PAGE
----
Hollywood 1927. George Valentin (Jean Dujardin) is a silent movie superstar. The advent
of the talkies will sound the death knell for his career and see him
fall into oblivion. For young extra, Peppy Miller (Bérénice Bejo), it seems the sky's the
limit – major movie stardom awaits.

A superior homage to silent cinema.

CANNES: Wow your friends on Movie Trivia Night with this: Which Cannes Competition entry was shot at 22 frames per second (instead of the customary 24fps)?

The Artist.

A jaunty valentine of a movie that champions the building blocks of cinematic story-telling (light! shadow! interesting faces! emotion! thoughtful camera placement!), The Artist – a silent film in black and white blanketed with a terrific musical score and boasting only traditional title cards in lieu of audible dialogue – is touching and entertaining in equal measure.

It's an entirely French movie masquerading as a Hollywood picture and succeeding on every level. Delighting in authentic California settings (the protagonist awakens from a coma in silent star Mary Pickford's actual bed at her Pickfair estate), The Artist takes audiences through the emotions all but the most cerebral film-goers have always sought out. Unless you think Dougals Fairbanks went about things all wrong, you're almost certain to enjoy this unusual film.

Versatile Jean Dujardin won the Festival's Best Actor award, a choice to which only a curmudgeon would object. Jardin, seen in just the last few months in Nicole Garcia's serious drama A View of Love (Un balcon sur la mer) and Bertrand Blier's sardonic romp The Clink of Ice, nails dapper insouciance as George Valentin, a reigning box office star of mid-1920s Hollywood. He's handsome and athletic, gifted for inducing both chuckles and the swashing of buckles. The film starts in 1927 with the splashy premiere of his latest adventure picture.

The crowd – men in tuxes, women in gowns and pearls – loves it, laughing and gasping and crying in unison at the clearly depicted emotions on the giant screen. A pit orchestra plays along with the action. But we don't hear any synchronised sound because this movie about the transition from silent films to Talkies is – except for the instrumental musical score – 'silent’ too.

As flashbulbs pop outside the theatre, a plucky extra (Berenice Bejo) drops her clutch-shaped handbag and, in reaching to retrieve it, ends up beside the mugging matinee idol. She's got flapperish good looks and plays the moment for all it's worth. The result? A headline asking 'Who’s That Girl’ on the front page of Variety and first mention of the film itself buried on page five – much to the displeasure of the studio honcho played by John Goodman.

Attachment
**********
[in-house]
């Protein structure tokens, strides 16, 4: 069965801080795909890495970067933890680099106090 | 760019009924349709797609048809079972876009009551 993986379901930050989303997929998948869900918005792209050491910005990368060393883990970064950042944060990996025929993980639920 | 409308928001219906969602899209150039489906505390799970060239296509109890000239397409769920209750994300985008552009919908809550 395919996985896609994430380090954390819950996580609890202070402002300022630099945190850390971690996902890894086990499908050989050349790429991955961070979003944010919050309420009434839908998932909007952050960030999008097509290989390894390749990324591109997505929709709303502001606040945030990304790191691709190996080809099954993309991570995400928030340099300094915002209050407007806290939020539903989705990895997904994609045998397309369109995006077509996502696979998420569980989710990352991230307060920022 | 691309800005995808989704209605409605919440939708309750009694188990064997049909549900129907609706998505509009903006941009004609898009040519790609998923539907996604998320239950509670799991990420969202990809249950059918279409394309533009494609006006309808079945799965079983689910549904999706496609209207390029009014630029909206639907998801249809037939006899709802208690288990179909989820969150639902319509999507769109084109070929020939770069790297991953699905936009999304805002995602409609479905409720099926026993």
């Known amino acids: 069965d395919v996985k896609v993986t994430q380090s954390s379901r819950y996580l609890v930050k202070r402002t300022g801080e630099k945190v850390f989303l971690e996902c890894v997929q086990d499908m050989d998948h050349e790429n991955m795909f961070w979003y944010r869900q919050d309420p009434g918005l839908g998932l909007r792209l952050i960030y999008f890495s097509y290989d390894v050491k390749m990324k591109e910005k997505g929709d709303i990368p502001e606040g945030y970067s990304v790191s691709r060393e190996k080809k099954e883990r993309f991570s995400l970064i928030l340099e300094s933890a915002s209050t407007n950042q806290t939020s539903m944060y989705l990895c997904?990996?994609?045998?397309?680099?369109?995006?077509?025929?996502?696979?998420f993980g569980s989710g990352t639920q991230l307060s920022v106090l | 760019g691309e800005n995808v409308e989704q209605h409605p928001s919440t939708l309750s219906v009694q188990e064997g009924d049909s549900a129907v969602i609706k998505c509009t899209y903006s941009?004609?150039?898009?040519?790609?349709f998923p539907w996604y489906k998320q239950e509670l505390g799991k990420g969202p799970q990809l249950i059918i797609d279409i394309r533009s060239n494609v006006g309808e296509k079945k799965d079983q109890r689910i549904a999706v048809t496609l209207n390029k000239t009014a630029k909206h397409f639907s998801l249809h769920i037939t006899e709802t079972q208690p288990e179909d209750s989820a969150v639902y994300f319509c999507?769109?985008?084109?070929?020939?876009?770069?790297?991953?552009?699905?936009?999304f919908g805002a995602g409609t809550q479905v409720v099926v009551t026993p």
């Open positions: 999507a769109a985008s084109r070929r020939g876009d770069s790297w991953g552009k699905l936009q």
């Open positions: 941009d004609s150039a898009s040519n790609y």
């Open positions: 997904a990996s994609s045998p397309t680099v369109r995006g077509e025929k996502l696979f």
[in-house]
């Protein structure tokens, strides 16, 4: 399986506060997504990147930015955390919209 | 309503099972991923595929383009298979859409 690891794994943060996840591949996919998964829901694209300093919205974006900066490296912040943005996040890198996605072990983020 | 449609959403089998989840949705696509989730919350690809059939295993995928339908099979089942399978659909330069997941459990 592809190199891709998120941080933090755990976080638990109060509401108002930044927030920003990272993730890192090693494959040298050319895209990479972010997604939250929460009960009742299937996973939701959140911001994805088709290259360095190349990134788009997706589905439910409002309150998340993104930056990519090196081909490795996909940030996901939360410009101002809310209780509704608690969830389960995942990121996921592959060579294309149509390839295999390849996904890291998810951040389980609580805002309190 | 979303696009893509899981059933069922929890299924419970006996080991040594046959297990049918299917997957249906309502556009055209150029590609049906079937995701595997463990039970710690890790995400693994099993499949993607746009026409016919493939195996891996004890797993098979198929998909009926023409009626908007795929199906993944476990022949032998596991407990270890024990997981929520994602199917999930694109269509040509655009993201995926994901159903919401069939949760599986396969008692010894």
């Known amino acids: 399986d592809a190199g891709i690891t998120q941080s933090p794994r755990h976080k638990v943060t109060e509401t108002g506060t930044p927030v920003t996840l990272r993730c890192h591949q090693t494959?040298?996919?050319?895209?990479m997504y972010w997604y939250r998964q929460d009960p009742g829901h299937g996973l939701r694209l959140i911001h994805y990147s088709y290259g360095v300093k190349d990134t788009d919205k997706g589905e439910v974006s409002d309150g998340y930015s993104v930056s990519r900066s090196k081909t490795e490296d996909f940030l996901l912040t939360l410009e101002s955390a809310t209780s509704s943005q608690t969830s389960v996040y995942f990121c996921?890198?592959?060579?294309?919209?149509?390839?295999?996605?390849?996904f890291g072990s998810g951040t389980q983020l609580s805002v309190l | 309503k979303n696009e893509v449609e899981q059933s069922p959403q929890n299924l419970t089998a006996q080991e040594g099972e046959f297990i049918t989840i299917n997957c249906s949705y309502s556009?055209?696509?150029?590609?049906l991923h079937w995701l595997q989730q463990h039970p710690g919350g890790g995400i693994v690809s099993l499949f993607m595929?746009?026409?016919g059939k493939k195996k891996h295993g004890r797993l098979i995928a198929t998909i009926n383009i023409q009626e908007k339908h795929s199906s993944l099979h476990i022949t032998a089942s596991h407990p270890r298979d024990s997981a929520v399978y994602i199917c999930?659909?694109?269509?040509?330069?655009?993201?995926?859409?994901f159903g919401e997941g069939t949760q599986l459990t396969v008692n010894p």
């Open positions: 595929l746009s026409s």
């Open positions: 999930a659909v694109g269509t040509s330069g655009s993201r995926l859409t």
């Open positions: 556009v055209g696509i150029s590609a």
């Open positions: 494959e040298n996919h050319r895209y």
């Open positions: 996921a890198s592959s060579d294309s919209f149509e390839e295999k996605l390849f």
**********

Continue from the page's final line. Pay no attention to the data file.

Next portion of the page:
George is married, but some unmistakable spark passed between him and the anonymous young woman, who turns out to be one Peppy Miller.

Shown a sample of the new technique for creating talking pictures, George finds the primitive use of sound downright laughable. Told it's "the future" he sticks to his artistic guns and, when the studio for which he's made a fortune goes all-Talkies, George invests his own money in a silent adventure picture, due to open on Oct 25, 1929.

Meanwhile, young Peppy – who is only too willing to talk on film and to reporters – has been working her way up in the profession and her latest feature is also due out on that date. Students of history will notice that Wall Street's worst day ever is just around the corner.

George falls on reduced circumstances, with only his ridiculously clever dog to look out for him. Or does George have a secret benefactor?

At Cannes, director Michel Hazanavicius, who gave Dujardin a chance to shine in the two splendidly funny 0SS 117 spy spoofs, shared a story "about a director who wanted to make a film about a silent era actor whose career is ruined by the coming of sound. The producer says, 'That's a good premise, but the 1920s are expensive to re-create. Could it take place in the 1960s?'"

Sure, if you turn it into a man whose career is ruined by the coming of bellbottoms.

The Artist never devolves into parody or pastiche – it's a genuine silent film that proudly revives the 1:33 ratio, the almost-square dimensions that inspired TV sets before they became today's flat-screen stretched-out rectangles.

The story of a once-successful man falling on hard times is pertinent because the brutal switch from silents to sound echoes the upheaval in media today. The transition from celluloid film on heavy reels to encoded digital projection is fraught with obstacles. Skilled projectionists and lab technicians are being put out to pasture. Film schools and theatres are discarding their 'old’ equipment. What if the March of Progress turns out to be a mistake? What if there's some ineffable magic in sprocketed film running through a projector that we can't put our finger on but will miss when it's gone for good?

The 64th Cannes Film Festival began with the freshly restored colour version of Georges Melies' A Trip to the Moon. And, 109 years after audiences world over first enjoyed its inventiveness, the 15-minute-long tale is still wildly entertaining. All colour prints were believed lost until a badly deteriorated colour print was donated to a Spanish archive. French wiz Serge Bromberg of Lobster Films spearheaded the effort to rescue each individual frame onto a hard drive in 1999. Only a decade later did the technology come along to use that precious data to reconstruct the film in its most complete and most glorious version known to anyone now living.

A jarringly modern yet appropriately playful musical score composed by the group Air differentiates this version to excellent effect.

There were some outstanding Talkies at Cannes in 2011, but for eye-popping glee in the service of easy-to-grasp narratives, two silent films were almost impossible to beat.

Related videos


1 hour 40 min
In Cinemas 02 February 2012,
Thu, 06/28/2012 - 11